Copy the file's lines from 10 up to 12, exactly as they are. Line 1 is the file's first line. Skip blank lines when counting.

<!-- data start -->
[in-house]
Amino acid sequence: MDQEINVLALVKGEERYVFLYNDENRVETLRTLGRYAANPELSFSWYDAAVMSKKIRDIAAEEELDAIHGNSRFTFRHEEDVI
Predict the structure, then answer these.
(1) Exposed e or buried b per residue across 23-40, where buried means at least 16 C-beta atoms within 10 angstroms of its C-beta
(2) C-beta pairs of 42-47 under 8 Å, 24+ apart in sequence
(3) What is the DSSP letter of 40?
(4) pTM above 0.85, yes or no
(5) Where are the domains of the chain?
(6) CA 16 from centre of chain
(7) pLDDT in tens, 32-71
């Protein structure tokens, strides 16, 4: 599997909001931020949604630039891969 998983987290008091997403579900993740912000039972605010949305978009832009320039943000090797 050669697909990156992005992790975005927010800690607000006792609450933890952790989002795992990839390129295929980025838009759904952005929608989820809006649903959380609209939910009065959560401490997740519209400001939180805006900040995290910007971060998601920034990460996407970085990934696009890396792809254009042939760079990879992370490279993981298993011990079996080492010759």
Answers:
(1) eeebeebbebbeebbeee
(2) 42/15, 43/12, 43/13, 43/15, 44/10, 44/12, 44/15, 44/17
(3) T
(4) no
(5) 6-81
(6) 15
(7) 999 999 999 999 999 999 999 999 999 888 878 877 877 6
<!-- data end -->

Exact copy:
(7) pLDDT in tens, 32-71
């Protein structure tokens, strides 16, 4: 599997909001931020949604630039891969 998983987290008091997403579900993740912000039972605010949305978009832009320039943000090797 050669697909990156992005992790975005927010800690607000006792609450933890952790989002795992990839390129295929980025838009759904952005929608989820809006649903959380609209939910009065959560401490997740519209400001939180805006900040995290910007971060998601920034990460996407970085990934696009890396792809254009042939760079990879992370490279993981298993011990079996080492010759």
Answers: